IBM to help build $100 million supercomputer center

Will New York take California's spot as the center for chip design? The state certainly is giving it its best shot.

Michael Kanellos Staff Writer, CNET News.com
Michael Kanellos is editor at large at CNET News.com, where he covers hardware, research and development, start-ups and the tech industry overseas.
Michael Kanellos
IBM, in conjunction with other companies, will help build a supercomputer center at Rensselaer Polytechnic Institute. The center is expected to develop new semiconductors and advance nanotechnology.

The new Computational Center for Nanotechnology Innovations, planned to be operational by the end of the year, will be the largest supercomputing center at a university and one of the 10 largest in the world, according to its backers. Troy, N.Y.-based Rensselaer is already a major center for nanotechnology research and part of Gov. George Pataki's strategy to make the state one of the leaders in the field through tax breaks, infrastructure and educational programs.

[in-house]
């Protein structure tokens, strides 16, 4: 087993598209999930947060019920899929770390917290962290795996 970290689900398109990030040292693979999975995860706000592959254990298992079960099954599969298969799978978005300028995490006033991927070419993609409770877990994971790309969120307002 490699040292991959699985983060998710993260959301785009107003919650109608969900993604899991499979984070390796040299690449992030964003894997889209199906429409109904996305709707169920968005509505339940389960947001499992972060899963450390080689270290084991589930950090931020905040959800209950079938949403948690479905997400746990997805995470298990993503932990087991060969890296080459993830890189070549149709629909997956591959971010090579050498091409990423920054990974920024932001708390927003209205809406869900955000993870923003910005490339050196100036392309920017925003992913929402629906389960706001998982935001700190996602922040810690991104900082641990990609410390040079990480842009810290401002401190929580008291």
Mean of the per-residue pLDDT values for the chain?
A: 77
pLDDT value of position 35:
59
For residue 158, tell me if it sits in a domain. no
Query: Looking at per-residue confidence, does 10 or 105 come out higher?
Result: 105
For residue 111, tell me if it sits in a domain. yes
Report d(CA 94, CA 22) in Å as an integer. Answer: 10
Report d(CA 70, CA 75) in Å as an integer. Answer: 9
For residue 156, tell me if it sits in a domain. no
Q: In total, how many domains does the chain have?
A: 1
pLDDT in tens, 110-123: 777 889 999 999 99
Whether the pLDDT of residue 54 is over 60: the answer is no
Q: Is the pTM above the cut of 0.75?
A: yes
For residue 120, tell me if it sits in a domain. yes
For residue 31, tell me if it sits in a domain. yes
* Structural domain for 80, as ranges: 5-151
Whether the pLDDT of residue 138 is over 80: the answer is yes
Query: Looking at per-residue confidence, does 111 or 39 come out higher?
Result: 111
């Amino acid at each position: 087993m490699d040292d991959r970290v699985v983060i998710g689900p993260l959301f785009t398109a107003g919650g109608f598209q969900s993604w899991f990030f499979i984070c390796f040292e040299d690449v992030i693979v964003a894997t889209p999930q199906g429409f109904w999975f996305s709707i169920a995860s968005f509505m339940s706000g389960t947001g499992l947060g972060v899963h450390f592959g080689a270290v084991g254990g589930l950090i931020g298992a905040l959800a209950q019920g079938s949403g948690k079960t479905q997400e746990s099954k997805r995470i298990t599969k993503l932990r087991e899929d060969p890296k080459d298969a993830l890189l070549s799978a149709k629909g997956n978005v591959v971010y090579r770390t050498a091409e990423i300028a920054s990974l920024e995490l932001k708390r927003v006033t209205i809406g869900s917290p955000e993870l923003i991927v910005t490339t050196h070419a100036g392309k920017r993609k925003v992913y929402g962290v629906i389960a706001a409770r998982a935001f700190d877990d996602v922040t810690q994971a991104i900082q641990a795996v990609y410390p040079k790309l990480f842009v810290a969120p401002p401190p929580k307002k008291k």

The budget for the center is roughly $100 million.

Cadence, which makes semiconductor design tools, and Advanced Micro Devices will participate as well. IBM and AMD, among others, already are part of an effort to build a lithography research center in Albany, N.Y. (AMD's chief executive, Hector Ruiz, said in 2003 that New York State was the only U.S. region aggressively courting the electronics industry.)

At the Rensselaer supercomputing center, scientists will attempt to design transistors and other devices measuring only a few nanometers long (a nanometer is a billionth of a meter). They will also simulate how different atoms and materials interact.

The research could play into processor development. Today's chips sport features measuring less than 65 nanometers and consist of only a few atoms. By 2015, features on some chips will measure only 22 nanometers.